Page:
- Radiation therapy to the head The hair may not grow back the same as it was before. If you receive chemotherapy or have radiation treatment to your head or neck, you may lose all (or most of) your hair within a few weeks of starting treatment. Hair usually starts to regrow within months of finishing chemotherapy or radiation treatments. Dermatologists can offer medication to help hair grow back more quickly. Wearing a cooling cap before, during, and after each chemotherapy session may help prevent hair loss.
- A very stressful event Many people experience a general thinning of hair several months after a physical or emotional shock. This type of hair loss is temporary.
- Hairstyles and treatments Excessive hairstyling or hairstyles that pull your hair tight, such as pigtails or cornrows, can cause a type of hair loss called traction alopecia. Hot-oil hair treatments and permanents also can cause hair to fall out. If scarring occurs, hair loss could be permanent. If you often wear your hair tightly pulled back, the continual pulling can lead to permanent hair loss. You can prevent hair loss by making some changes. If you color, perm, or relax your hair, you could be damaging your hair. Once you damage a hair follicle, hair cannot grow from that follicle. Having many damaged hair follicles creates permanent bald spots.
Next week’s blog discusses remedies to hair loss.
Guava fruit looks like a large lime or smooth avocado but the sweet flesh inside is nothing like these foods. Guava tastes more like a tropical strawberry-pear blend. Originally guava came from hot and humid areas in Mexico, Central America, Northern South America, and the Caribbean. Today guava is grown in many other tropical and subtropical climates in areas such as Asia, the United States, and Africa.
Most of the guava in the States is grown in Florida, where it was introduced as a crop to farmers in the mid-1800s by way of Cuba. There are around 30 types of guava in either the white or red category, which includes strawberry guava, cherry guava, Miami red guava, Behat Coconut guava, and apple guava. The pink guava fruits have more water content, fewer seeds, and aren’t as sweet as their white counterpart, which is denser and contains more starch. Guava comes in many sizes and is either round or shaped like an avocado. Guava is similar to passion fruit and is sweet without being saccharine and has an overall tropical essence.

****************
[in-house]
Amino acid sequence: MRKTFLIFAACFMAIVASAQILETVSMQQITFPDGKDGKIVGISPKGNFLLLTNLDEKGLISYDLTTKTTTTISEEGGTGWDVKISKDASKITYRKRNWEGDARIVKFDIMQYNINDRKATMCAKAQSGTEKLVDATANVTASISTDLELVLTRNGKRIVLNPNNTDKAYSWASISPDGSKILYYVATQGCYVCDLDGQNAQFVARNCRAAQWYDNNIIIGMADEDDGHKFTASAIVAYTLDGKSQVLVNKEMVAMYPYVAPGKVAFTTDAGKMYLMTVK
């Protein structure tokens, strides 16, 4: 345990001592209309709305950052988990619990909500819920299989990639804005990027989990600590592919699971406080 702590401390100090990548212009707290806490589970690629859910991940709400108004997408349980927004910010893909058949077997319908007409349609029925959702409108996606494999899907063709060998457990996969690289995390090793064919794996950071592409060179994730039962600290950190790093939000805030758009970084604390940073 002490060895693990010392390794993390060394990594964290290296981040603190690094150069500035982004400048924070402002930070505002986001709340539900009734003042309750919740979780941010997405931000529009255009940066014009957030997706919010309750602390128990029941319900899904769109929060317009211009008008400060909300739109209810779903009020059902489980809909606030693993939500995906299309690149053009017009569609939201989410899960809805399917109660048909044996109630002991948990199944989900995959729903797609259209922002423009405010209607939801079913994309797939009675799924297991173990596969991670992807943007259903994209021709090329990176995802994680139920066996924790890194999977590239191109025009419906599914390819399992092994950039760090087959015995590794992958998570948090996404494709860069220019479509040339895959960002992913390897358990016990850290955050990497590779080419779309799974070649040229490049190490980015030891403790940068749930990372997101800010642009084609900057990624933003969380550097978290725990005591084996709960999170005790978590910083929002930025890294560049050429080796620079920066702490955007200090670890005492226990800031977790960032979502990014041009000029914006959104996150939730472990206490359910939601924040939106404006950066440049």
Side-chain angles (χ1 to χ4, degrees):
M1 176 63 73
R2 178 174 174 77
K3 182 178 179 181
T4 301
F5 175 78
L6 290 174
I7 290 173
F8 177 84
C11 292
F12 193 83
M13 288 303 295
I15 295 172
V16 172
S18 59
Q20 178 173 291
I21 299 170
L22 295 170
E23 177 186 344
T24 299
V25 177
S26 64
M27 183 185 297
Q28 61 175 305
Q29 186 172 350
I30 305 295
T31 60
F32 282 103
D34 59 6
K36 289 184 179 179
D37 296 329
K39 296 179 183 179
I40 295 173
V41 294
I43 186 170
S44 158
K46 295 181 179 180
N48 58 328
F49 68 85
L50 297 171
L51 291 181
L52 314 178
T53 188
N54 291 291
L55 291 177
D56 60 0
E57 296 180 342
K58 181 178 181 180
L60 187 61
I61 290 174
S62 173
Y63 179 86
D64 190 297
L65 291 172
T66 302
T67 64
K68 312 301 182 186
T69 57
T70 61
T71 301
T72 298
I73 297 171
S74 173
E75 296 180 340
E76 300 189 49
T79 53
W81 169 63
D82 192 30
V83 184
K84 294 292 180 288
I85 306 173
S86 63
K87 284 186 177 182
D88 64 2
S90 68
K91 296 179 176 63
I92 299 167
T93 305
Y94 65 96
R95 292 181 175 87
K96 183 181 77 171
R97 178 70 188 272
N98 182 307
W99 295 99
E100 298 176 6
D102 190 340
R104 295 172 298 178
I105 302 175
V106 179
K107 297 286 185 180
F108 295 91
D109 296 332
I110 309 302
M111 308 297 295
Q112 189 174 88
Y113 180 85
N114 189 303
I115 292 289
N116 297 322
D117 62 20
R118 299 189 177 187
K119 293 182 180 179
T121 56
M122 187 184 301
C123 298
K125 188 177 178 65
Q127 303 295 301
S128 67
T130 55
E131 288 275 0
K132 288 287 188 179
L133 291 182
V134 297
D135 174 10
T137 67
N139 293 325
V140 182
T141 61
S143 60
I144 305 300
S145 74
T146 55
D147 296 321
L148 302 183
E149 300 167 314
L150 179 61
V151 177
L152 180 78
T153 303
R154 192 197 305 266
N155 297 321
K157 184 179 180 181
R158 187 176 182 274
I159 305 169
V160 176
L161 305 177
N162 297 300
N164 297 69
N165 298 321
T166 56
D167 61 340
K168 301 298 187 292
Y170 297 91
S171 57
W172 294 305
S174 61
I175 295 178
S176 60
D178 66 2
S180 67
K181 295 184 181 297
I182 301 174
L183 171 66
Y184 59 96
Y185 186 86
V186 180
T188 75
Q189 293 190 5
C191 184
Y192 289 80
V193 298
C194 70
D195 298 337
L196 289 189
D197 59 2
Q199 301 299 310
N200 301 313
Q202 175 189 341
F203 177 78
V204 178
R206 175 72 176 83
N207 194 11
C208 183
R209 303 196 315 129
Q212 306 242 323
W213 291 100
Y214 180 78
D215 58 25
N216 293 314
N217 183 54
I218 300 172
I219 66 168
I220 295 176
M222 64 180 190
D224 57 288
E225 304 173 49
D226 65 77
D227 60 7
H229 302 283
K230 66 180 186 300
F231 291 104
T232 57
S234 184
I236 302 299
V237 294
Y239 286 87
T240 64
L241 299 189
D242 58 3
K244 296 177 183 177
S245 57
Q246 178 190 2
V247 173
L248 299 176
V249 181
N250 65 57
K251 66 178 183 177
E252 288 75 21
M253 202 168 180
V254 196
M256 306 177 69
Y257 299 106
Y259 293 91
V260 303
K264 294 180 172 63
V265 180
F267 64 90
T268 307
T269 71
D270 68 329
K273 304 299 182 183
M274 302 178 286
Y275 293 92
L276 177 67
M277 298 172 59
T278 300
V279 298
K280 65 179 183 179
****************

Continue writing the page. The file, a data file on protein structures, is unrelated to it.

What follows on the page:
Guava is a natural food that tastes like dessert and contains a lot of good-for-you nutrients. Guava has vitamins C and A, and potassium, copper, manganese, folate, and fiber. The seeds also offer eaters a tiny dose of omega-3 and omega-6 fatty acids. There are 37 calories in one fruit and 12% of your recommended daily fiber intake.
Guava and passion fruit tend to get mixed up or used interchangeably. They are not the same, though both are roundish. Passion fruit has a purple-red outer shell that’s not edible, though the large dark seeds and flesh are. Guava can be eaten skin and all. Guava also contains a lot more vitamin C, where passion fruit has more iron and fiber. Passion fruit is more tart than guava when eaten raw.